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Developer Works on Emulator for Forgotten Zeebo Console from Wii Era

Last update: Aug 23, 2023


An ambitious developer is breathing new life into a forgotten gem of gaming history. Going by the handle Tuxality, a YouTuber has posted a video showcasing early progress on an emulator capable of running games from the little-known Zeebo console. Released in only two countries as a competitor to the Wii, Xbox 360, and PS3, the Zeebo is set to make a nostalgic comeback.

Chances are you've either never heard of or completely forgotten about the Zeebo gaming console. Back in 2009, this Qualcomm-backed system, priced at around $170 in US dollars, had big dreams of capturing markets like Brazil and Mexico where its more famous rivals were out of reach for many due to high prices. With built-in cellular 3G functionality and a library of approximately 40 games, prominent game developers such as Activision, Capcom, EA, Disney Interactive Studios, and id Software were onboard to create software for this up-and-coming platform.

In a year that marked the launch of the iPhone App Store, the Zeebo took a unique approach by ditching traditional discs and cartridges, making it the first console to exclusively rely on digital downloads. Think of it as a precursor to later homebound mobile-game consoles like the now-defunct Ouya.

Sadly, the Zeebo's strategy didn't unfold as planned, and by 2011, the company announced the end of its operations in its two existing markets. Despite teasing potential launches in China, Russia, and even an Android-based system, these plans never materialized. It seemed as if the company vanished overnight. Today, the official website that once catered to Zeebo users redirects visitors to a supplements advertisement.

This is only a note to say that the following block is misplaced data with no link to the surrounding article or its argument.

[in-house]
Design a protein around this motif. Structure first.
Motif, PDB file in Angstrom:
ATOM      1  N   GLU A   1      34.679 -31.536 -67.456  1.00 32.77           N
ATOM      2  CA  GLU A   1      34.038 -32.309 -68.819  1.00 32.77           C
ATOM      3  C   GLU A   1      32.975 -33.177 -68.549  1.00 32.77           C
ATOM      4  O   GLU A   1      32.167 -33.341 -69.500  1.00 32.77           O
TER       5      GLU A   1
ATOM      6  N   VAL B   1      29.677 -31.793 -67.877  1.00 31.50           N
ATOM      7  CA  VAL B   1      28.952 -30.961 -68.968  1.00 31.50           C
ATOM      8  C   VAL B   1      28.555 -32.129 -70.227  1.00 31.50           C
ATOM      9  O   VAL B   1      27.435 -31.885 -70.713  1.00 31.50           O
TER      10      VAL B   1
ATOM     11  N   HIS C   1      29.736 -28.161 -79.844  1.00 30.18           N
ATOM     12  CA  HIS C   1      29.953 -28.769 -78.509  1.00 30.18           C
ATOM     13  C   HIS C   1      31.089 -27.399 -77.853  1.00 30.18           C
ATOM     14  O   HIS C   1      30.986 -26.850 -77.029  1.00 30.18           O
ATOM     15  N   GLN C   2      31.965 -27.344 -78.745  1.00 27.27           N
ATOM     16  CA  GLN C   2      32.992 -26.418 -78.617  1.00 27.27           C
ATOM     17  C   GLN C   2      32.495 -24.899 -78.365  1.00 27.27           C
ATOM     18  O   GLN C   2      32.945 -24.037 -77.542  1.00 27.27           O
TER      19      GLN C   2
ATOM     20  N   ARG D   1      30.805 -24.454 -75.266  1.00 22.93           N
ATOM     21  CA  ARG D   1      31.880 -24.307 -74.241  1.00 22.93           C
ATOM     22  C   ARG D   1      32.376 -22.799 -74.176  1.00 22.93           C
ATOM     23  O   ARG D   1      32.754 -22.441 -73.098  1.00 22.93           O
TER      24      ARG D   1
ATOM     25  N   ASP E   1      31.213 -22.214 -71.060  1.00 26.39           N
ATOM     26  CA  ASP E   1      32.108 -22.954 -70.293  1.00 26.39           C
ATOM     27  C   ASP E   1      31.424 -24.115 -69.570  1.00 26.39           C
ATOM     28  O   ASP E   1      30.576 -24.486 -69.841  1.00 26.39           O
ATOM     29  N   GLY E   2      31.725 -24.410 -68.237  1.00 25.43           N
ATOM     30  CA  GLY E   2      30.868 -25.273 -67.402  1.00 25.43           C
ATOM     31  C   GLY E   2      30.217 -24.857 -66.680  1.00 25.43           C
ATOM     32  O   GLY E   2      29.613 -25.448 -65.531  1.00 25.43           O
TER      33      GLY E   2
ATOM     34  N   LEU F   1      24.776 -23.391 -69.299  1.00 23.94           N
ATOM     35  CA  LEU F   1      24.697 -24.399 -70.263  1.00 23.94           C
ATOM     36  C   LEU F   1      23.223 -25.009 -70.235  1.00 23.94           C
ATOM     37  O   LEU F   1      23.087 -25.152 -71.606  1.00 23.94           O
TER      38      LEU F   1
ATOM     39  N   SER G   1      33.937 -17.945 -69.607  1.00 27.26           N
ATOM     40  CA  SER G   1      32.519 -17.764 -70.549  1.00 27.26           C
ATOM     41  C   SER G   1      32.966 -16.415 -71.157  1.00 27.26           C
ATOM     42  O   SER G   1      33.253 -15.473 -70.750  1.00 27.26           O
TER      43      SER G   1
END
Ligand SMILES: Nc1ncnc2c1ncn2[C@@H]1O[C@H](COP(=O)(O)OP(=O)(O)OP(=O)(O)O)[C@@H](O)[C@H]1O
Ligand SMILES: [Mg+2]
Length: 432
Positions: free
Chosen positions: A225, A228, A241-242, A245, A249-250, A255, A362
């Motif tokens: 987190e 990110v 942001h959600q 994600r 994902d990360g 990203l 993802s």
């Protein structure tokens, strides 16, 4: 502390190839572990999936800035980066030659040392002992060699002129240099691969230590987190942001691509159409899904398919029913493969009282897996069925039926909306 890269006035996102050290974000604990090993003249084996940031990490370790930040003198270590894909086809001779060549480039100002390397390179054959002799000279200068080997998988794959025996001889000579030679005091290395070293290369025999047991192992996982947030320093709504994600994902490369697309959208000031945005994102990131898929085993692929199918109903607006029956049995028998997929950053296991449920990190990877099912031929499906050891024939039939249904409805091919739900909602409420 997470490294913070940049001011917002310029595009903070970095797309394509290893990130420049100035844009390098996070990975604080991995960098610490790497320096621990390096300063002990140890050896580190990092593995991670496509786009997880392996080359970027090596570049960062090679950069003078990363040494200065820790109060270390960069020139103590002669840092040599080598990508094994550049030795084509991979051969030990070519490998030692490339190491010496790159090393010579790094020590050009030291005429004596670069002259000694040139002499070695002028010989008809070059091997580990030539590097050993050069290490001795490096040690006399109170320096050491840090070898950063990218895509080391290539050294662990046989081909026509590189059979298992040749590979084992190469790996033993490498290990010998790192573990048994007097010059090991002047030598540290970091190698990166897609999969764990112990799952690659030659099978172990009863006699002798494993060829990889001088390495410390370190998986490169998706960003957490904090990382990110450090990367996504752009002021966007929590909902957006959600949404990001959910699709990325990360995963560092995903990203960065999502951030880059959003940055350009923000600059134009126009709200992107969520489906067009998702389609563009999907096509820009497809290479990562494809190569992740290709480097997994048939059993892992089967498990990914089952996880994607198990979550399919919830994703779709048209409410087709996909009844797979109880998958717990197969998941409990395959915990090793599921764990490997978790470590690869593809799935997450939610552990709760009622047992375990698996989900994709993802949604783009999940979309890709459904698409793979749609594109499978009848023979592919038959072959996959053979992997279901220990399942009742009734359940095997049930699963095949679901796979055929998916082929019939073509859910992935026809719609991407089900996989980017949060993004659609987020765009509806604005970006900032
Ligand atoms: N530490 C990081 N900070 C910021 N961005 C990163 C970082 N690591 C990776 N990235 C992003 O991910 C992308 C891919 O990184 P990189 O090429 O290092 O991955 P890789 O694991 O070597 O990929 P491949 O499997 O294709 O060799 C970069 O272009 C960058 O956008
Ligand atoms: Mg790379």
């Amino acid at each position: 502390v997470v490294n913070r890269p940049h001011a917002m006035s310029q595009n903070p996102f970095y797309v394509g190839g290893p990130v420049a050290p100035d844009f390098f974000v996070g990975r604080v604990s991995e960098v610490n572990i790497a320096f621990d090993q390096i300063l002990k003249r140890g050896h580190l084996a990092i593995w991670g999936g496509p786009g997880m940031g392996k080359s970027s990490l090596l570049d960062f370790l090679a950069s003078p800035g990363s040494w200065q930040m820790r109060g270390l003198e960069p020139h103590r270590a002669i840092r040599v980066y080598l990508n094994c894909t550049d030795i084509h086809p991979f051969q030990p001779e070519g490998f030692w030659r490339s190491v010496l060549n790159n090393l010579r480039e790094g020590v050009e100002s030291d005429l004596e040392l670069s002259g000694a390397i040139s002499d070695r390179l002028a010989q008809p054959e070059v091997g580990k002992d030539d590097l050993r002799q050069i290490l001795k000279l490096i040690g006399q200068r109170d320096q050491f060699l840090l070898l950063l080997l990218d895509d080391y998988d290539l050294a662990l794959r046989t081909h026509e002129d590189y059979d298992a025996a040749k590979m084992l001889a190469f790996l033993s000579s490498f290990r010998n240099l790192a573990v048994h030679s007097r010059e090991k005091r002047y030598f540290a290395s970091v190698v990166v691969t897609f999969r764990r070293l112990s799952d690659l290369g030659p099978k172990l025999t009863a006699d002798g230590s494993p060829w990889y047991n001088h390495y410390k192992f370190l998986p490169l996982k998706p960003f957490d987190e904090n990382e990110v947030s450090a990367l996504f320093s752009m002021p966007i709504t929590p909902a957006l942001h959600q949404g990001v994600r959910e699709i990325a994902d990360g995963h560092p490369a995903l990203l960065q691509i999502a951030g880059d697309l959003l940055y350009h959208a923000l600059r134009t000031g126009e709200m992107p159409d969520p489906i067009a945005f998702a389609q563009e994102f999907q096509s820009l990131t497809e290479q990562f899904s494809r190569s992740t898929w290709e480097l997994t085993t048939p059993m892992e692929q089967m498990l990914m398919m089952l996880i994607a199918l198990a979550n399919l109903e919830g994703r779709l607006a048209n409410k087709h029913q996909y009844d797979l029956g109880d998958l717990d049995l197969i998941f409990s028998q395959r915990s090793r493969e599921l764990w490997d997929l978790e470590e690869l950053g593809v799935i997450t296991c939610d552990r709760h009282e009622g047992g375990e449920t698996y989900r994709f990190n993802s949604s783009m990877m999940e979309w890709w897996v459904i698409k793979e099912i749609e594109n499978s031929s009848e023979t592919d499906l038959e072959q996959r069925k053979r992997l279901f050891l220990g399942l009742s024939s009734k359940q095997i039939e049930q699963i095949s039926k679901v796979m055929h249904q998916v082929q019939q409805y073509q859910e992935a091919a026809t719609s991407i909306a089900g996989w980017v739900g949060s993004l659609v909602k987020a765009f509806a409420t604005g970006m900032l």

As demonstrated in the video below, Tuxality showcases the initial stages of emulating the Zeebo's operating system and successfully running Crash Bandicoot Nitro Kart 3D. Early builds of emulators often come with graphical glitches, and this one is no exception. Nonetheless, the fact that a skilled software engineer is taking on this project as a personal endeavor is a welcome development for video game preservationists. Even lesser-known and short-lived projects like the Zeebo played their part in the relatively brief history of gaming hardware. Preserving their libraries is crucial to keeping their legacy alive, and this emulator could achieve just that.

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